"Arf! Arf! Arf!" (Popeye the Sailor Man)
(Source: , via rubberhoseanimation)
Happy World Turtle Day! We’re shellebrating our fine reptilian friends with some turtle fun-facts.
Did you know:
- There are approximately 290 species of turtles and tortoises that inhabit oceans, fresh waters, and land environments.
- Turtles are characterized by two broad bony shells that enclose and protect the body and jaws without teeth that form a beak-like structure.
- Once they enter the sea after hatching, male Hawksbill sea turtles never leave it, and females come out only to lay their eggs.
- Did you know the Museum is helping to preserve the iconic Galápagos tortoise Lonesome George?
- For centuries, ships would load up on Galápagos tortoises to provide fresh meat during sea voyages, one tortoise could provide 200 pounds of meat.
- The Leatherback is the largest turtle, reaching a length of almost 6 feet, while smaller species, such as the Bog turtle, reach a maximum shell length of 4 inches.
- Did you know that two brother African spur-thighed tortoises live in the Museum? Meet Hermes and Mud!
- Softshell turtles, genus Trionyx, have gill-like filaments in their pharynx that serve as respiratory organs.
Stop by the Hall of Reptiles and Amphibians to learn more.
Happy World Turtle Day, everybody.
"You must build a turtle fence…" [per: The Gregory Brothers]
Don’t underestimate the power of reading… Pre-order your copy of Goodnight Darth Vader™ today!
Jeffery Brown’s other Star Wars cartoon books are available for your pleasure at Carlos Museum Bookshop, along with many other Summer reading choices.
Love art and comics by Mr. Crumb!
Forgotten masterpiece: Complete original art from “Street Musicians” by Robert Crumb, originally published in The New Yorker, August 26, 1996.
Just a Mammoth, please!
Four sizes to chose from.
ProFile Friday: In Memorium
Isabelle Daniel “Barbara” Hall Fiske Calhoun, best known for her work (as Barbara Hall) on “Girl Commandos” and “Pat Parker, War Nurse” during the Golden Age of Comics, died this past Monday, April 28, 2014 at age 94 in a nursing home in White River Junction, Vermont, not far from the Center for Cartoon Studies. Her daughter Ladybelle and son in law Brion were with her for the last days of her life. She died peacefully and without struggle. Drawing and painting remained her main interest in her final days. “Art is prayer,” she frequently said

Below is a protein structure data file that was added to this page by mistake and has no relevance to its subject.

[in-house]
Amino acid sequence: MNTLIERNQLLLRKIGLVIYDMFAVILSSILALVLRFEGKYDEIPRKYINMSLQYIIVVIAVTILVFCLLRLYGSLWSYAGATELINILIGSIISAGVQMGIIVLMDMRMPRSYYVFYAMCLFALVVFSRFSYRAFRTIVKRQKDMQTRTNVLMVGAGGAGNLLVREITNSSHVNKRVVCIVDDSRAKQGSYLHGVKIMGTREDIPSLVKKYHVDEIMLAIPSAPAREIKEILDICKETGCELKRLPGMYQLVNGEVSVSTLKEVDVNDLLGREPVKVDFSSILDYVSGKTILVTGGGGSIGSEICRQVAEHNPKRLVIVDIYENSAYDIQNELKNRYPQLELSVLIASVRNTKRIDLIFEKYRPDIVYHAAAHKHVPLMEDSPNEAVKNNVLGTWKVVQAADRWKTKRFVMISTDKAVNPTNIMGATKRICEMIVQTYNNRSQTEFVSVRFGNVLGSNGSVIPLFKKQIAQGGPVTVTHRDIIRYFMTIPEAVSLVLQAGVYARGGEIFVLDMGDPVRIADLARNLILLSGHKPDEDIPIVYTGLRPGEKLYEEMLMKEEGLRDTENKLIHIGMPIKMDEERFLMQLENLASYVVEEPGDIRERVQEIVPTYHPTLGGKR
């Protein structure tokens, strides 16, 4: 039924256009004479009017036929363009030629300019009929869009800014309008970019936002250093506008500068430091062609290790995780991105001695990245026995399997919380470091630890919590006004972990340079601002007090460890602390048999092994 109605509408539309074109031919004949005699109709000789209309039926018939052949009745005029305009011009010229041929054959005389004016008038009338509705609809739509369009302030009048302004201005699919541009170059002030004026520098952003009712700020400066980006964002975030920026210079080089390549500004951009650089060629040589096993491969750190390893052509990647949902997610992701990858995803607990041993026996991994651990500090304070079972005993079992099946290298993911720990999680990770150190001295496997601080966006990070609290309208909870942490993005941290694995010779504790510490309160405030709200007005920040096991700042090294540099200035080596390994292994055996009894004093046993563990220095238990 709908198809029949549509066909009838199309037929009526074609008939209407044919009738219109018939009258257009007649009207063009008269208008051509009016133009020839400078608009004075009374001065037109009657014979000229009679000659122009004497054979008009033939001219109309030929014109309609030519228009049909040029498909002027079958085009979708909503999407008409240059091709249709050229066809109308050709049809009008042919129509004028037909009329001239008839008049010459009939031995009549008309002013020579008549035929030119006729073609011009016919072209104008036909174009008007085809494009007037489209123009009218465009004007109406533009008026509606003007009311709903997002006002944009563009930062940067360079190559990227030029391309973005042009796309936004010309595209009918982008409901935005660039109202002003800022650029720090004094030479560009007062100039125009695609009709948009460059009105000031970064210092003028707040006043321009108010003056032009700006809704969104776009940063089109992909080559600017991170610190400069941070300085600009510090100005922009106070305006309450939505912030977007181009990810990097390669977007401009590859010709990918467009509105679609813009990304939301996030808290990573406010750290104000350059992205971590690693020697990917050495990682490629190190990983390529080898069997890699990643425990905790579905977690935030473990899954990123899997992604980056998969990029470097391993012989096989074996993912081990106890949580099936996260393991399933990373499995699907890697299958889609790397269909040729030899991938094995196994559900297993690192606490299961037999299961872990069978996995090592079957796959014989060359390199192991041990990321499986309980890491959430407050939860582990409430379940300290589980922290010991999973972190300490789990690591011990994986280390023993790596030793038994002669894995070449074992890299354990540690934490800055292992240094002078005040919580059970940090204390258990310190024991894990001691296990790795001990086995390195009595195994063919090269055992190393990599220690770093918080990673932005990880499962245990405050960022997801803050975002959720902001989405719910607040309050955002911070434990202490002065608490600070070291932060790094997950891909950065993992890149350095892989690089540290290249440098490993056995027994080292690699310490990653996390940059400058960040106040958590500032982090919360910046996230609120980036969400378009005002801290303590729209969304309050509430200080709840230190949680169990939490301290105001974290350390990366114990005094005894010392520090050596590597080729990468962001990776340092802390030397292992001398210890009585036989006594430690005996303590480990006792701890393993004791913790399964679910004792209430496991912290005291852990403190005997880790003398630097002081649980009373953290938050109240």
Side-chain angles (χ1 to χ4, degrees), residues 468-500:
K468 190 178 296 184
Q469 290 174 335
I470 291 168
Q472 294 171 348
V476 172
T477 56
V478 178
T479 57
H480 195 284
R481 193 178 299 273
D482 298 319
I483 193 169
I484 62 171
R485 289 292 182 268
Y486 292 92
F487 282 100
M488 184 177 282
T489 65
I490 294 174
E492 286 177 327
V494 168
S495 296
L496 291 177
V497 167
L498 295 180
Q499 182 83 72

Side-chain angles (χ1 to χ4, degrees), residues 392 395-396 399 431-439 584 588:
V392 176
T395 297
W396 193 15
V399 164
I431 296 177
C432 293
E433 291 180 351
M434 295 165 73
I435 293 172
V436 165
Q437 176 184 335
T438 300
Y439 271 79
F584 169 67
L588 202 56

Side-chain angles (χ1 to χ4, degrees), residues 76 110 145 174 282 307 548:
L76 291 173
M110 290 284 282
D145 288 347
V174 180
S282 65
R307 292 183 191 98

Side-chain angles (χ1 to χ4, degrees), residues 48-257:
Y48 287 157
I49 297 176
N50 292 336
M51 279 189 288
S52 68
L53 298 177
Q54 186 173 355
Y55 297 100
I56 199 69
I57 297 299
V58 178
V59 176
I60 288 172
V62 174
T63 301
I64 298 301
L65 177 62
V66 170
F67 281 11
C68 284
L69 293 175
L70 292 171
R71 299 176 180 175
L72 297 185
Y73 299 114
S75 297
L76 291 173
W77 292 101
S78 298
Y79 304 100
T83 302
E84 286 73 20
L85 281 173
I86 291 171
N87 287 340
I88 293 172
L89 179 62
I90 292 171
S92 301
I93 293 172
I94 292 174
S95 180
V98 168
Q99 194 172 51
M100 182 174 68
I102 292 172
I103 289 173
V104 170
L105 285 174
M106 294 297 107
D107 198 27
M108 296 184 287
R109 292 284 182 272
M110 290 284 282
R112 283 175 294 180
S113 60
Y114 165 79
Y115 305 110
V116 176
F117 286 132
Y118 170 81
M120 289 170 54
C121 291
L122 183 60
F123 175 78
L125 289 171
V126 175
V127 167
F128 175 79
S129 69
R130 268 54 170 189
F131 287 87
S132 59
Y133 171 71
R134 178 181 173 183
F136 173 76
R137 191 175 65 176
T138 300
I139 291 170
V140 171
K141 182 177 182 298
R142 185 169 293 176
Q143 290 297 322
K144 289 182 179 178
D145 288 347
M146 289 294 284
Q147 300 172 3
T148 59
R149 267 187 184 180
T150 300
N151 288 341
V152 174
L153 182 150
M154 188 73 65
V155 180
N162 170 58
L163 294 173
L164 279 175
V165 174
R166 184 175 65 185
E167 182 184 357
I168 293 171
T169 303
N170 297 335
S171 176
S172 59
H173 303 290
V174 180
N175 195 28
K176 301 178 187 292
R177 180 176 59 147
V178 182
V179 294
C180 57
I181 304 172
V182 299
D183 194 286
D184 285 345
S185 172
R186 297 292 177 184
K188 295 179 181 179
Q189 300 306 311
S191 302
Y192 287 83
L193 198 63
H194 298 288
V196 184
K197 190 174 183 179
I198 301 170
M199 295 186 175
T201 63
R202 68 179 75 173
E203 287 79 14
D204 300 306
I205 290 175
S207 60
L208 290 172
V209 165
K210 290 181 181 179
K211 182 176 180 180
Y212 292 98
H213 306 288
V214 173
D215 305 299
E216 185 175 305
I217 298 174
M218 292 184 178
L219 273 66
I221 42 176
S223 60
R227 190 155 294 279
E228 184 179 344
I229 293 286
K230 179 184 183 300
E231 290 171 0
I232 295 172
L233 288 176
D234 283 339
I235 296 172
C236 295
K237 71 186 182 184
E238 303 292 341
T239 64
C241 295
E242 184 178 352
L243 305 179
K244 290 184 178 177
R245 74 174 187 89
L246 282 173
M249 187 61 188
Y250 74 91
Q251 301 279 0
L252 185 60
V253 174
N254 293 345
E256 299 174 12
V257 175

Hall was born in 1919 into an old Southern family. Her ancestors had fought the British during the Revolutionary War, and later fought on the Southern side in the American Civil War. She studied painting in Los Angeles, moving to New York City in 1940. She showed her portfolio to Harvey Comics in 1941, and was hired to draw the comic “Black Cat”. Her next strip was “Girl Commandos”, about an international team of Nazi-fighting women. This comic was developed from “Pat Parker, War Nurse”, about a “freelance fighter for freedom.” When stationed in India, this nurse recruited a British nurse, an American radio operator, a Soviet photographer, and a Chinese patriot. Hall continued this strip until 1943. Girl Commandos was taken over by Jill Elgin. On January 8, 1946, she married writer and playwright Irving Fiske and became Barbara Hall Fiske.
Hall continued her art career as a tempera and pastel painter. Together with her husband, she began an alternative living group/artists and writers’ colony in Rochester, Vermont, called Quarry Hill. (Later it became known as the Quarry Hill Creative Center.) She and Irving Fiske had two children, Isabella (Ladybelle) and William.
In the Sixties, through her daughter, Ladybelle, she met and became friends with many well-known underground cartoonists, including R. Crumb, Trina Robbins, Kim Deitch, Spain Rodriguez, and others. Ladybelle met Art Spiegelman in 1966 through Trina Robbins and also, concurrently, through a group of Spiegelman’s fellow-students at the State University of New York at Binghamton. In 1978, Ladybelle, Spiegelman, Françoise Mouly, and some other Quarry Hill residents created Top-Drawer Rubber Stamp Company, which featured art by Crumb, Spiegelman and many other cartoonists and artists. This hand-made art rubber stamp company provided employment for several Quarry Hill residents for a time.
Barbara Hall Fiske designed several images for Top-Drawer including angels, an image of William Blake (Quarry Hill’s favorite poet and artist), and more.
Hall divorced Fiske in the 1970s, created Lyman Hall, Inc. (after a collateral ancestor who was a signer of the Declaration of Independence) to run the Quarry Hill property, and took the name Barbara Fiske Calhoun after her second marriage in the 1990s.
One of her “Pat Parker, War Nurse” stories was reprinted recently in Divas, Dames & Daredevils: Lost Heroines of Golden Age Comics edited by Mike Madrid.
Libraries in many big cities often serve as de facto homeless shelters — a place for people living on the streets to find quiet and warmth — and it can make others, there to just check out books or videos, uncomfortable.
KQED’s Scott Shafer reports that’s why the San Francisco Public Library has hired a full-time social worker. She spends her days roaming the library floors, keeping an eye out for regulars who look like they could use her help. And sometimes she hires the formerly homeless patrons she’s helped, like Joe Bank, to do outreach under her supervision.
Author Harper Lee and actress Mary Badham (Scout) on the set of To Kill a Mockingbird in 1962.
Today is Lee’s 87th birthday!